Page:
8. Let someone else choose the game and play it — even if you don’t like it.
9. Let someone else have a seat on the bus or subway. [Encourage someone else to sit in the good seat at the meeting and let them be heard.]
It was a kick to the abdomen. Negative energy spiked across the room. The collective shield went up. The message they heard was that they and their work were nothing special. None of their efforts counted. All because THAT word was used at an all-hands meeting to explain the reason for outsourcing.
That word was “commodity”.
Per BusinessDictionary.com ~ A reasonably homogeneous good or material, bought and sold freely as an article of commerce.
And yes, this actually happened!
The outcome (even with outsourcing as part of the plan) would’ve been very different, if our executive had followed Jane Perdue’s advice. Continue Reading…
DayQuil®, Musinex, Kleenex®, orange juice and bottled water – check! These are your Corporate Warrior’s weapons of choice against the dreaded cold or flu. Throw them into your brief case and you’re ready for another day at the office.
What if you didn’t go into the office?
What if you looked at the cold or flu as the “gift of a pause”? Continue Reading…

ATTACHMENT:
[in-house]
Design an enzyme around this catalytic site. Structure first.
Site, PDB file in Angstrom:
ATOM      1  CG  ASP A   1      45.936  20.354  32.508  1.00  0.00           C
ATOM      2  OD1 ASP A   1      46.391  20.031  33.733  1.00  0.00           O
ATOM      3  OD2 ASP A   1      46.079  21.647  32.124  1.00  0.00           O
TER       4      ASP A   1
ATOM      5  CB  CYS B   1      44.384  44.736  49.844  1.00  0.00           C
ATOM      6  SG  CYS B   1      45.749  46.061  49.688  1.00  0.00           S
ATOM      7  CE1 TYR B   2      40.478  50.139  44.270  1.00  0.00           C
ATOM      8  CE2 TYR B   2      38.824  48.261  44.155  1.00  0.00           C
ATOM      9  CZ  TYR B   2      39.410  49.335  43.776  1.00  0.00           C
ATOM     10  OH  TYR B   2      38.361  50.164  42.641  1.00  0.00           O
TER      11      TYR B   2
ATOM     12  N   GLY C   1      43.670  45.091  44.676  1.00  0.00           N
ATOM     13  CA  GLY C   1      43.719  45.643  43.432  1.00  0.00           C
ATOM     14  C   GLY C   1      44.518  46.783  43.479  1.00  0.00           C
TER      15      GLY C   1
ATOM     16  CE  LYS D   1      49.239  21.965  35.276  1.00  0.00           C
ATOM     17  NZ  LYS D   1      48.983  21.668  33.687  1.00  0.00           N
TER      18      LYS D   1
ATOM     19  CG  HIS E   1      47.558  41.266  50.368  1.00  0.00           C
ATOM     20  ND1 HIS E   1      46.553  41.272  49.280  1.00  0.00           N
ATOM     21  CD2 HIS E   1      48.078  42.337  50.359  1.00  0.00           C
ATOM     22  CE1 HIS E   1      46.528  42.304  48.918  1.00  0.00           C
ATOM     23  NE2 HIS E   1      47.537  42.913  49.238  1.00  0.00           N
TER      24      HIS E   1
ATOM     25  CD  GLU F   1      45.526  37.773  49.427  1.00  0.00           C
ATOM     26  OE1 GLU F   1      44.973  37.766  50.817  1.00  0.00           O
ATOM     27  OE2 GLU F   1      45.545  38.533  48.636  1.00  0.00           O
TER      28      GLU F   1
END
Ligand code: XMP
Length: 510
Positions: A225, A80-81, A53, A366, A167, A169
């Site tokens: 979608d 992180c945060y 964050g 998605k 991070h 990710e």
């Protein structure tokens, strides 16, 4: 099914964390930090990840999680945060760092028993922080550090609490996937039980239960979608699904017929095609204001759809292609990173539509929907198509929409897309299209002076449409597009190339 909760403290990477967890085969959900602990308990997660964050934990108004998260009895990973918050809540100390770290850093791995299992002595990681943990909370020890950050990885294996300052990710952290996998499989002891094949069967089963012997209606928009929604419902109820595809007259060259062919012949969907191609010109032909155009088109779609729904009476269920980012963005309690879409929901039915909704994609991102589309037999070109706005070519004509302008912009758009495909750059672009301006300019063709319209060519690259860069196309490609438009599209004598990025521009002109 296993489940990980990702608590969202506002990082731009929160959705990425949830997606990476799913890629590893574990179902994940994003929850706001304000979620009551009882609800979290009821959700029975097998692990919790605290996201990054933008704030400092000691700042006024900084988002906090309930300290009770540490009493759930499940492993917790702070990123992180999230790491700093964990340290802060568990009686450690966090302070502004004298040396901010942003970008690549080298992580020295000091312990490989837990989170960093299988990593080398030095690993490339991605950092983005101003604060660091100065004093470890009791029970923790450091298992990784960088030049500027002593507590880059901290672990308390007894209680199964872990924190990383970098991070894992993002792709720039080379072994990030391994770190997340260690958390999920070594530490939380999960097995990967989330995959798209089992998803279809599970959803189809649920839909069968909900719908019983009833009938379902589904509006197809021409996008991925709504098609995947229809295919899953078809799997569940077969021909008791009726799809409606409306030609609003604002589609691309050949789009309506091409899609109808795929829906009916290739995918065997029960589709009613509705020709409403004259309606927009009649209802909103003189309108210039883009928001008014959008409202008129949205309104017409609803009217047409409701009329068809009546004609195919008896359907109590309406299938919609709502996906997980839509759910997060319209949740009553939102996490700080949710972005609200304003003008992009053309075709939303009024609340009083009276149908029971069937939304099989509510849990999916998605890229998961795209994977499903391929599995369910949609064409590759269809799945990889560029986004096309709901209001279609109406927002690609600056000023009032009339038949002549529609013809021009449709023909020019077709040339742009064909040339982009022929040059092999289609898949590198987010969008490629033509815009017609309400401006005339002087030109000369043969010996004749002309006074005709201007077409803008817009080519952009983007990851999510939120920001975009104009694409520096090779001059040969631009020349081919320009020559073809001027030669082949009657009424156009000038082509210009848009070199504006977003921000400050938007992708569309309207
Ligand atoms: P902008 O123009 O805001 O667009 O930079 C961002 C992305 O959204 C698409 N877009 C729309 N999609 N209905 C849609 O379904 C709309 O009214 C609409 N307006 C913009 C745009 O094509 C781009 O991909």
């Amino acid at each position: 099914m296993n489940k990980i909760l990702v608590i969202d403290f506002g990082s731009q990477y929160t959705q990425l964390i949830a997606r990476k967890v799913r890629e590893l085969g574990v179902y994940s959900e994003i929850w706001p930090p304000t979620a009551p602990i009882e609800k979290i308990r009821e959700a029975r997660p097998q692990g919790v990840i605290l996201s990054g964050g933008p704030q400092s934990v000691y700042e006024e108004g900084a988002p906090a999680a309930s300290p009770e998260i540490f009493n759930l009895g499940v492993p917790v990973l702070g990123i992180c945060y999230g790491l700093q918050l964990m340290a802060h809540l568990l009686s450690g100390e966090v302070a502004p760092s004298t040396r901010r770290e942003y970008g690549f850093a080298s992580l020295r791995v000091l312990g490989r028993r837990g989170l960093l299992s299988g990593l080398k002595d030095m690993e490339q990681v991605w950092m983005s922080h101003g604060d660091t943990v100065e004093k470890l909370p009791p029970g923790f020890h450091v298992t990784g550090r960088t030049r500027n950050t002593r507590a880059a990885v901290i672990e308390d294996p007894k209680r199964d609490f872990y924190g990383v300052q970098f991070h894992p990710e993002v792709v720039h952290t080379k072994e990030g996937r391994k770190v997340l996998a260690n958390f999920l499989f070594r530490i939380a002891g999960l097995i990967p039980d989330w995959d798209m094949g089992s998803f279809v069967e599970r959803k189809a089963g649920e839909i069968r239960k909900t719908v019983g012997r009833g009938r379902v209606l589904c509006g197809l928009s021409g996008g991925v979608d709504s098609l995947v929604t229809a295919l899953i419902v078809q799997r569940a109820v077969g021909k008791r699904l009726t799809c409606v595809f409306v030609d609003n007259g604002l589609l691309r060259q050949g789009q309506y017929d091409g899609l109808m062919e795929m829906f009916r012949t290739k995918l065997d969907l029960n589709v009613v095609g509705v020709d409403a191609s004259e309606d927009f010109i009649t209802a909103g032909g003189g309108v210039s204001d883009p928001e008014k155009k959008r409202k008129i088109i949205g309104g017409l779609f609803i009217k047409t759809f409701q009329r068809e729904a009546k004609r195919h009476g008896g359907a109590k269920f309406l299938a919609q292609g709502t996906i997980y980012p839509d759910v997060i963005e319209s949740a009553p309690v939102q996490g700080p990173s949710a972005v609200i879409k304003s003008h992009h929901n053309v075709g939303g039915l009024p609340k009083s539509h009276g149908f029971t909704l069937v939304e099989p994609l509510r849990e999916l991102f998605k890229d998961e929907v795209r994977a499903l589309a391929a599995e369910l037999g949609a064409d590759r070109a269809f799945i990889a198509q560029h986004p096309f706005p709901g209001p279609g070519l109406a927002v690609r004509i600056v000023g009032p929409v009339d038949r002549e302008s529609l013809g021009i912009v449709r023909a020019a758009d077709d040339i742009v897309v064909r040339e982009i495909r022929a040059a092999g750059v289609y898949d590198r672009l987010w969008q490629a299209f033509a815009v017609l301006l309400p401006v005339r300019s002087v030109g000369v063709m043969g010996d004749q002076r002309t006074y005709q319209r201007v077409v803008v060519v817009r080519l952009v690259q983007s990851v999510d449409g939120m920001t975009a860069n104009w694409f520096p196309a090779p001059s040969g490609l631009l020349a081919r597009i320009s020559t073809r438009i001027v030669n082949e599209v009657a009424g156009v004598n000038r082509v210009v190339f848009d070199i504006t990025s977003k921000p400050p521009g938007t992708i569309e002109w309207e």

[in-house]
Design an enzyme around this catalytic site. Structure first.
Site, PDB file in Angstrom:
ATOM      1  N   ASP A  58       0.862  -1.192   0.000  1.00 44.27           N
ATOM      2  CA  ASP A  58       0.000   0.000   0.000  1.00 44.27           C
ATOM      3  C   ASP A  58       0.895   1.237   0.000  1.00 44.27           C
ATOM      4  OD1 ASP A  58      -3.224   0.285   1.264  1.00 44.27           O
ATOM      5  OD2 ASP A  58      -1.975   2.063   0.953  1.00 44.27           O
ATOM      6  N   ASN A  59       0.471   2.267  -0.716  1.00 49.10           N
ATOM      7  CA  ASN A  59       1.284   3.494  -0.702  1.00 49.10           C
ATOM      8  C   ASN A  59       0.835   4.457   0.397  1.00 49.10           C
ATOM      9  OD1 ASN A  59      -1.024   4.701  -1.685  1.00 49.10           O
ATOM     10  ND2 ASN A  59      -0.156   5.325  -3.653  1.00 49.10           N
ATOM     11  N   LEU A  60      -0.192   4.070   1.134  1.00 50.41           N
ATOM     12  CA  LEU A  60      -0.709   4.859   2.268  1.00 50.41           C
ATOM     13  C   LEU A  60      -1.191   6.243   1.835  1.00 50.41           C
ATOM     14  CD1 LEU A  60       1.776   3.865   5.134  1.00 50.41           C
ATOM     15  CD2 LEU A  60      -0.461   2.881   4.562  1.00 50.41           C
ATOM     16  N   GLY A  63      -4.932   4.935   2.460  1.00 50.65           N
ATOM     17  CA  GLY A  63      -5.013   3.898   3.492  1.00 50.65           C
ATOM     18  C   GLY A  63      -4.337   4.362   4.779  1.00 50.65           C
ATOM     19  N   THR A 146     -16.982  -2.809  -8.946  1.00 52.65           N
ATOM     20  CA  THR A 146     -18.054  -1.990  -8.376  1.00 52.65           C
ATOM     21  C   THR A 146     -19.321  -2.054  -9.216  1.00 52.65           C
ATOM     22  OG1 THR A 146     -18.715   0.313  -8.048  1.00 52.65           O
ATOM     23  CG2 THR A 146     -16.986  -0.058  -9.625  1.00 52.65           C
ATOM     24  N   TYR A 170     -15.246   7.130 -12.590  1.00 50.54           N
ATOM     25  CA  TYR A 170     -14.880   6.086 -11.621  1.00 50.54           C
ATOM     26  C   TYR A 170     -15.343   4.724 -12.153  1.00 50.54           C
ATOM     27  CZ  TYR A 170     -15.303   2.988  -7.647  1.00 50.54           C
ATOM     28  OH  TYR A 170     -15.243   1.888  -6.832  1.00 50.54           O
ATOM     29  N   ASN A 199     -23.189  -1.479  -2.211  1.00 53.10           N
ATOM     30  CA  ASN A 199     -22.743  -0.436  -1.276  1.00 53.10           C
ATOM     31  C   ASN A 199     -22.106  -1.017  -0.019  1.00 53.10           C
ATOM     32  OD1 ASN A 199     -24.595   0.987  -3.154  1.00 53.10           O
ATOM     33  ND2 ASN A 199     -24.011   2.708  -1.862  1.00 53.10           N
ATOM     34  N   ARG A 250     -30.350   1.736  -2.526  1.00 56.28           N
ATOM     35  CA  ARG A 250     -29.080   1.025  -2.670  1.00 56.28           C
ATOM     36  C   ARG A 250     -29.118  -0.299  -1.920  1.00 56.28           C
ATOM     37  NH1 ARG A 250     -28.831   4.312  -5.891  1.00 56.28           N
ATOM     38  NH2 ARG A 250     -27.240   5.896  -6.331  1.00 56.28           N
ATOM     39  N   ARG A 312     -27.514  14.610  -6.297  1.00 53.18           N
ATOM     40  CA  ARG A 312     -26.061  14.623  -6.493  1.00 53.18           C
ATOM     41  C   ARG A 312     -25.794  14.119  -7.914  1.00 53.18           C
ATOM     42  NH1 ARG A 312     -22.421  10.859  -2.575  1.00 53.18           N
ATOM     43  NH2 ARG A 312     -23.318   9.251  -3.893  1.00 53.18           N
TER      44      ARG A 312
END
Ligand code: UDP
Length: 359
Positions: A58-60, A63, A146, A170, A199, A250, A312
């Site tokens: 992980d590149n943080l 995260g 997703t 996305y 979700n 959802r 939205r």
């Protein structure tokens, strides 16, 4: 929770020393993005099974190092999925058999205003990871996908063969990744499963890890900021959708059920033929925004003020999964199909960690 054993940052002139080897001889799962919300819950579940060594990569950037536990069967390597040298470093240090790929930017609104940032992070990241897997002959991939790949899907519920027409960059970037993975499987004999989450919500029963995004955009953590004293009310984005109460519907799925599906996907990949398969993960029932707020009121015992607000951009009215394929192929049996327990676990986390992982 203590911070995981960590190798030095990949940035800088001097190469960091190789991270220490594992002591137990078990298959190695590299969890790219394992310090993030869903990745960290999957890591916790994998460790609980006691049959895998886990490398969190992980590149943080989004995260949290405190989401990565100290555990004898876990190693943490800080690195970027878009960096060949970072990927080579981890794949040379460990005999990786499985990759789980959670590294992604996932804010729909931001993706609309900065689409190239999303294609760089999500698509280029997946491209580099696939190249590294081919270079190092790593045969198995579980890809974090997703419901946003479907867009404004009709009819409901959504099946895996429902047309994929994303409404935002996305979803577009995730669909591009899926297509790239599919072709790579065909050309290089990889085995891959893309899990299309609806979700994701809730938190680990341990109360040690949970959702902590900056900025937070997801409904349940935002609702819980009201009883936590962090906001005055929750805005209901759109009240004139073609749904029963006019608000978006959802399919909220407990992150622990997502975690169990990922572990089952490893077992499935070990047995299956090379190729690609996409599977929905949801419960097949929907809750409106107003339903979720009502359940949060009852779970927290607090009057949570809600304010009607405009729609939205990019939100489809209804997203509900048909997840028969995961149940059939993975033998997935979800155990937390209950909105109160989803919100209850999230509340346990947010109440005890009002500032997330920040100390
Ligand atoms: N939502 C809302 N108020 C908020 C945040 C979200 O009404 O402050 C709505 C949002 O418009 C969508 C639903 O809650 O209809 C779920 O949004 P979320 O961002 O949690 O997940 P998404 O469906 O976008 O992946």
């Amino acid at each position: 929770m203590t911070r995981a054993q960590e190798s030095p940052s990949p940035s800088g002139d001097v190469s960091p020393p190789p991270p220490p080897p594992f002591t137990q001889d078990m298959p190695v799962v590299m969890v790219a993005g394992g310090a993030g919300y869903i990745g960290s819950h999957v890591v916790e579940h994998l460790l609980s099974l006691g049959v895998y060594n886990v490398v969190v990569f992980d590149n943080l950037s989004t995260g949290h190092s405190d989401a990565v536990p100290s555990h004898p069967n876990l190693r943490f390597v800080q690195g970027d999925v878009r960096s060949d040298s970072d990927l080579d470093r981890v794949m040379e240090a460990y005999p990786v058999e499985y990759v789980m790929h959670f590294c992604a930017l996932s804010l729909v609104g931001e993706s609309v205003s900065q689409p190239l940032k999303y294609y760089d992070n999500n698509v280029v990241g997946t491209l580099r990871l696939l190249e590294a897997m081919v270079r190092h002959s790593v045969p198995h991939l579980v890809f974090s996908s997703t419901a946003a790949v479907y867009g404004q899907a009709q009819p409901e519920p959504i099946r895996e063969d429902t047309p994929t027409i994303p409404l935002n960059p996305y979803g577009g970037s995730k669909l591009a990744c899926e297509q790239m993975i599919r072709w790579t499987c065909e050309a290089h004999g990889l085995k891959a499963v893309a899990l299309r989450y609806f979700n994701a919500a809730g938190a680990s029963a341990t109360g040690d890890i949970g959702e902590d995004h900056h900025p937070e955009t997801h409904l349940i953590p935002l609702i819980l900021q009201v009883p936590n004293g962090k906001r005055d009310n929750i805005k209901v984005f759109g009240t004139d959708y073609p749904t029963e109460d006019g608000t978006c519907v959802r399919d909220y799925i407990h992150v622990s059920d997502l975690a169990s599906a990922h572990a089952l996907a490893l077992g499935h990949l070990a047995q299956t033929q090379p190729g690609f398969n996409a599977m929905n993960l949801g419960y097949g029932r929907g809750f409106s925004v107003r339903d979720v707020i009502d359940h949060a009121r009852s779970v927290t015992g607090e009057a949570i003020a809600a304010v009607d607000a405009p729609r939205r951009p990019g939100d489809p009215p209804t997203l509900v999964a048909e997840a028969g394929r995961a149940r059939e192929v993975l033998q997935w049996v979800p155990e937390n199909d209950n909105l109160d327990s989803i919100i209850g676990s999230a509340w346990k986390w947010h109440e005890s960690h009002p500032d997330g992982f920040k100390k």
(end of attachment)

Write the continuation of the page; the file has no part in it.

“I’ve been mandated to shut down the office by next June, after we deliver on our key project this upcoming April”.
All eyes quickly turned my way. It was as quick as a door slamming shut and I hoped that wasn’t what it would portend. I knew conventional wisdom would not have approved of what I had just said. Our HR Generalist’s shocked reaction re-confirmed that. Instead, I had taken my direction from my gut.
Would my team walk out and make an already terrible project situation disastrous?
Was the Gut Wrong?
Will Lukang graciously encouraged me to write about it at his blog. Please read more.
Leaders in the corporate world are taught to get as much information as possible before making a decision. What if that information comes from your gut? What would you do? I’d love to hear your thoughts in the comment section.
#TakeThisMoment and create a partnership with your gut. – Jackie Yun